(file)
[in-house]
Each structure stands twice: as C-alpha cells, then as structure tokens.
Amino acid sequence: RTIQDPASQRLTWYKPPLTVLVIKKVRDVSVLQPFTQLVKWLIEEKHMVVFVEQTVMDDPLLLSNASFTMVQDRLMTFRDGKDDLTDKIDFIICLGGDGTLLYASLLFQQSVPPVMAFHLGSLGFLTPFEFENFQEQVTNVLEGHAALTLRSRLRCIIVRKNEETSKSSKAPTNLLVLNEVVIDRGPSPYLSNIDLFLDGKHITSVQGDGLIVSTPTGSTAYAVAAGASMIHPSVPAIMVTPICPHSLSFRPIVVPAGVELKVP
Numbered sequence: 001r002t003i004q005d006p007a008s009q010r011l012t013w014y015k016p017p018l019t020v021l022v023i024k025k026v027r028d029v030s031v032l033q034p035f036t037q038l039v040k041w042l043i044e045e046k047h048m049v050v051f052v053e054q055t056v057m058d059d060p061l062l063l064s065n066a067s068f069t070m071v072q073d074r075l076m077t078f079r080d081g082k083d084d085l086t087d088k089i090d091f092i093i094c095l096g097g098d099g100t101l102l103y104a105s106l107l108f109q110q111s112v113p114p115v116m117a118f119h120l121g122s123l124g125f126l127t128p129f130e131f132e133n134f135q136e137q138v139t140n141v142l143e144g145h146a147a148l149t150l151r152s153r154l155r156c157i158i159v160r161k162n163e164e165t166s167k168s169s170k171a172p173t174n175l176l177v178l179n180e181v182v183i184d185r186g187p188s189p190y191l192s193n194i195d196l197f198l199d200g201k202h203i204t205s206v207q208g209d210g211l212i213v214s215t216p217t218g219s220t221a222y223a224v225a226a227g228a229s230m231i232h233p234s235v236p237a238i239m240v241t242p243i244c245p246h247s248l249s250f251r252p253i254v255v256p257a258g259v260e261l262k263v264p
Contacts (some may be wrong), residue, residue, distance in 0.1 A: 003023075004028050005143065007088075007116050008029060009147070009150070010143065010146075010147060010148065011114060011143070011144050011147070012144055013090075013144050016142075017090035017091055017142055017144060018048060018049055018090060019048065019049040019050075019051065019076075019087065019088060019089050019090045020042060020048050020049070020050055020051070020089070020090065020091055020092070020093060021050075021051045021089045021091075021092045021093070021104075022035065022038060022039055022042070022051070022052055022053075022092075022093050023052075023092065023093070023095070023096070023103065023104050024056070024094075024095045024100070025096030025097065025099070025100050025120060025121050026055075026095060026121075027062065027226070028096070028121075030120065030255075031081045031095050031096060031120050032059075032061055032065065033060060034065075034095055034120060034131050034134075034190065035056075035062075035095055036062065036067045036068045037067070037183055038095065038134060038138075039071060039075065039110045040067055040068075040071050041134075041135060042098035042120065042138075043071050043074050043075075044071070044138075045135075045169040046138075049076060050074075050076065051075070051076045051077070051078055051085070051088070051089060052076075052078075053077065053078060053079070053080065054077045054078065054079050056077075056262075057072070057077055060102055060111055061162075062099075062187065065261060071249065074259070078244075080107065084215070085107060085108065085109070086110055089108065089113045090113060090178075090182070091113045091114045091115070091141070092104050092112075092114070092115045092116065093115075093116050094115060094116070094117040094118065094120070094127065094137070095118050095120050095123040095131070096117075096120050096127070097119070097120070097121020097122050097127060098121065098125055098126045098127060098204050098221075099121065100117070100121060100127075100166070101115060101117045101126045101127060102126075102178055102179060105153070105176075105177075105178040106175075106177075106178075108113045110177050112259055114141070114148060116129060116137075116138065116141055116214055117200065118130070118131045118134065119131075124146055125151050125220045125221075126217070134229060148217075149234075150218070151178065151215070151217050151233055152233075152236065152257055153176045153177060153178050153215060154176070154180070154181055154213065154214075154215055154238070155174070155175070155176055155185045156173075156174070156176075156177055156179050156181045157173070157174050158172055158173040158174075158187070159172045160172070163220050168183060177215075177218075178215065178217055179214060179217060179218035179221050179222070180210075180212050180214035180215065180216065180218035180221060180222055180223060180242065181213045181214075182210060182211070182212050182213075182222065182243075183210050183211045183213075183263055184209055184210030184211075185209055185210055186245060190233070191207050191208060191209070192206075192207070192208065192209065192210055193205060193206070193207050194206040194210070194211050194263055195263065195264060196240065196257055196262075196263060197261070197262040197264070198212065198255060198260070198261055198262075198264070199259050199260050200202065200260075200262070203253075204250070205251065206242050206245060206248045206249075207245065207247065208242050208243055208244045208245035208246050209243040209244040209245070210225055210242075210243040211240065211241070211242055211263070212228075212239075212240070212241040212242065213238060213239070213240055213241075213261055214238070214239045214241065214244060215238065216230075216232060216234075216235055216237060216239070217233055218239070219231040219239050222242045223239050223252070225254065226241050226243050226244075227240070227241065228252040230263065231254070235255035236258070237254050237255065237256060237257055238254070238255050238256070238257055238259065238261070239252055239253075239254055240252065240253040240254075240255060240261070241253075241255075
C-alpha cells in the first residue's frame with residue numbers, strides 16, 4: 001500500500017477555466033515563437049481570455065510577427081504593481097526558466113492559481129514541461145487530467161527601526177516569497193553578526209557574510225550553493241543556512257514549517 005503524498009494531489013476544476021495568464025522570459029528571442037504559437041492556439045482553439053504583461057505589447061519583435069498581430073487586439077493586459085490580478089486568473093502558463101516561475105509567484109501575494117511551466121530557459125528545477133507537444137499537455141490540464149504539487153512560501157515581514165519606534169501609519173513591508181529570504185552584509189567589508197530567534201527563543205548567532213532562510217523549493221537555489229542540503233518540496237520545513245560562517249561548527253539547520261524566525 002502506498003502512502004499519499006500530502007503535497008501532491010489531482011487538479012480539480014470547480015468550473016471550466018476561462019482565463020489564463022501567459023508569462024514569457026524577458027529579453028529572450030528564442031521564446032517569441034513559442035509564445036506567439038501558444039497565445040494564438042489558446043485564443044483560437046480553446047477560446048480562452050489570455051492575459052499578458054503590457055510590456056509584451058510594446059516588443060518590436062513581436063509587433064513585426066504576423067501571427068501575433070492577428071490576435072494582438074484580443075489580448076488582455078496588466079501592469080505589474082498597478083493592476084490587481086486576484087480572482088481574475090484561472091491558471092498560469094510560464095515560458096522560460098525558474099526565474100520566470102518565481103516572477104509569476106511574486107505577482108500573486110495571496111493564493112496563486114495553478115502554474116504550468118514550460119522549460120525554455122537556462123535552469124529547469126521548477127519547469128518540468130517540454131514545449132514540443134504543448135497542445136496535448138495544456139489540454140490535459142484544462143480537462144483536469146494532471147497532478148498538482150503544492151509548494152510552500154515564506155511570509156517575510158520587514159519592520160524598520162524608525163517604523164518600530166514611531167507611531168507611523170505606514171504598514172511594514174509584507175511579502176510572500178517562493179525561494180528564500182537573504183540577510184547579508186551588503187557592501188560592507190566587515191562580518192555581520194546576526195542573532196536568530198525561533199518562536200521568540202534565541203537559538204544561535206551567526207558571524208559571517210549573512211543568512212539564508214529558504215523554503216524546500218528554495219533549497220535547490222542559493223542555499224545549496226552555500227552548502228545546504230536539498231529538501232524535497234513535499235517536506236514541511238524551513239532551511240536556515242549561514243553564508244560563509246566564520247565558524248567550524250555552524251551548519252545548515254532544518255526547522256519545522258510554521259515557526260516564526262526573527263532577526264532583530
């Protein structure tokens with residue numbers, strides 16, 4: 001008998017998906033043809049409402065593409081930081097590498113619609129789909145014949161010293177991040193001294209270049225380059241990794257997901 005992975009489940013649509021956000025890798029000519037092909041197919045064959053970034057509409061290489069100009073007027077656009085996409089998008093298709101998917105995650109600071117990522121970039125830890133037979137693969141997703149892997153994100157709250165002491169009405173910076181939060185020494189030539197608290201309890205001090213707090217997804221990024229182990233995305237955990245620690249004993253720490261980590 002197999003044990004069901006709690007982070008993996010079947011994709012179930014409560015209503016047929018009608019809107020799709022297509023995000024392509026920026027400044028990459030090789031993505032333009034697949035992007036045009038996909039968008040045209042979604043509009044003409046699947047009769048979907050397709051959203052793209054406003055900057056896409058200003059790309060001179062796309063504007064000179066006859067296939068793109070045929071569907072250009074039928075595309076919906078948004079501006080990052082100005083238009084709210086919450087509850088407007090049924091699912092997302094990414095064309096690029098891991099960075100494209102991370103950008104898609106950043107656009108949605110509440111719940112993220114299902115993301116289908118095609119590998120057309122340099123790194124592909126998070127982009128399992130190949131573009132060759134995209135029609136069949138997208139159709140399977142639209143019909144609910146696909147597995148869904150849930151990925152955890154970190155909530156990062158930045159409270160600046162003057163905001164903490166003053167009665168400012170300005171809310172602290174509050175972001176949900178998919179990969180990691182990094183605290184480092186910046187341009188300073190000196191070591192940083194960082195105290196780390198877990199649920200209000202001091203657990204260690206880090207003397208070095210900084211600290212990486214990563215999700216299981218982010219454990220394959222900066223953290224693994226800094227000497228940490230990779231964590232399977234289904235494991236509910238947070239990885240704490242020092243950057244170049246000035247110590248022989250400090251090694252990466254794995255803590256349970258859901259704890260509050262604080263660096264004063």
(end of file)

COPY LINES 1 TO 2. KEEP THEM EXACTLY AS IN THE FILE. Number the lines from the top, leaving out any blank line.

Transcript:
[in-house]
Each structure stands twice: as C-alpha cells, then as structure tokens.